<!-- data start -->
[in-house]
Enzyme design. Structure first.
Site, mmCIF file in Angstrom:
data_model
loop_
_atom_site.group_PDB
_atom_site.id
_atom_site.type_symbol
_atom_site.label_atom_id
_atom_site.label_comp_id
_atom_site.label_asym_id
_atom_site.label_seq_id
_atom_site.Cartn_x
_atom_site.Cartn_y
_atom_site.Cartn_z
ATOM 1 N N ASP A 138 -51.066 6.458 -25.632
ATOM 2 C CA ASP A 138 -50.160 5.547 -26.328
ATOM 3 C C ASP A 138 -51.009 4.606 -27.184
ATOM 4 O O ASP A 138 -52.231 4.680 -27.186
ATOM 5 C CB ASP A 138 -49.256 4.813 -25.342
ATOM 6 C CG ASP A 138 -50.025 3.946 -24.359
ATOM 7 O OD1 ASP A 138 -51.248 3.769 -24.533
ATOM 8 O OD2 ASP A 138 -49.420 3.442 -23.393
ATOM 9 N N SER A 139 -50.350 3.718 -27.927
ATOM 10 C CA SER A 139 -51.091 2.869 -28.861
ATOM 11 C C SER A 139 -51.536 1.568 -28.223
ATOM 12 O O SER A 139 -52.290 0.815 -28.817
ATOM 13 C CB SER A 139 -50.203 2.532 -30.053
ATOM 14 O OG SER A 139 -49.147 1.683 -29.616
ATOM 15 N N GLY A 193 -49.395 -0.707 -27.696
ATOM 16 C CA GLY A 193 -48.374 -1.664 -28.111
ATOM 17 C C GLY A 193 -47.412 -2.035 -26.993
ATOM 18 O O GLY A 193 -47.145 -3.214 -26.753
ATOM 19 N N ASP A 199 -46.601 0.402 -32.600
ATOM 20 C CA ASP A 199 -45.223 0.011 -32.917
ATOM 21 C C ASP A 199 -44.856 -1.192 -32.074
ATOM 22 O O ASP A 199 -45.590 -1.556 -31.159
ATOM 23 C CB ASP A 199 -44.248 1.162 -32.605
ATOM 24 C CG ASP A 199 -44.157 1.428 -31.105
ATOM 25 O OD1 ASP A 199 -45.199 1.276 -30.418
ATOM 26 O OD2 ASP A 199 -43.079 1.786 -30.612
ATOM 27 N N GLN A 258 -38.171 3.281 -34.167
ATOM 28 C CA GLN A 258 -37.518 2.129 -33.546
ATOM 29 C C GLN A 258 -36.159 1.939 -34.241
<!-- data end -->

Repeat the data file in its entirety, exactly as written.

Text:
[in-house]
Enzyme design. Structure first.
Site, mmCIF file in Angstrom:
data_model
loop_
_atom_site.group_PDB
_atom_site.id
_atom_site.type_symbol
_atom_site.label_atom_id
_atom_site.label_comp_id
_atom_site.label_asym_id
_atom_site.label_seq_id
_atom_site.Cartn_x
_atom_site.Cartn_y
_atom_site.Cartn_z
ATOM 1 N N ASP A 138 -51.066 6.458 -25.632
ATOM 2 C CA ASP A 138 -50.160 5.547 -26.328
ATOM 3 C C ASP A 138 -51.009 4.606 -27.184
ATOM 4 O O ASP A 138 -52.231 4.680 -27.186
ATOM 5 C CB ASP A 138 -49.256 4.813 -25.342
ATOM 6 C CG ASP A 138 -50.025 3.946 -24.359
ATOM 7 O OD1 ASP A 138 -51.248 3.769 -24.533
ATOM 8 O OD2 ASP A 138 -49.420 3.442 -23.393
ATOM 9 N N SER A 139 -50.350 3.718 -27.927
ATOM 10 C CA SER A 139 -51.091 2.869 -28.861
ATOM 11 C C SER A 139 -51.536 1.568 -28.223
ATOM 12 O O SER A 139 -52.290 0.815 -28.817
ATOM 13 C CB SER A 139 -50.203 2.532 -30.053
ATOM 14 O OG SER A 139 -49.147 1.683 -29.616
ATOM 15 N N GLY A 193 -49.395 -0.707 -27.696
ATOM 16 C CA GLY A 193 -48.374 -1.664 -28.111
ATOM 17 C C GLY A 193 -47.412 -2.035 -26.993
ATOM 18 O O GLY A 193 -47.145 -3.214 -26.753
ATOM 19 N N ASP A 199 -46.601 0.402 -32.600
ATOM 20 C CA ASP A 199 -45.223 0.011 -32.917
ATOM 21 C C ASP A 199 -44.856 -1.192 -32.074
ATOM 22 O O ASP A 199 -45.590 -1.556 -31.159
ATOM 23 C CB ASP A 199 -44.248 1.162 -32.605
ATOM 24 C CG ASP A 199 -44.157 1.428 -31.105
ATOM 25 O OD1 ASP A 199 -45.199 1.276 -30.418
ATOM 26 O OD2 ASP A 199 -43.079 1.786 -30.612
ATOM 27 N N GLN A 258 -38.171 3.281 -34.167
ATOM 28 C CA GLN A 258 -37.518 2.129 -33.546
ATOM 29 C C GLN A 258 -36.159 1.939 -34.241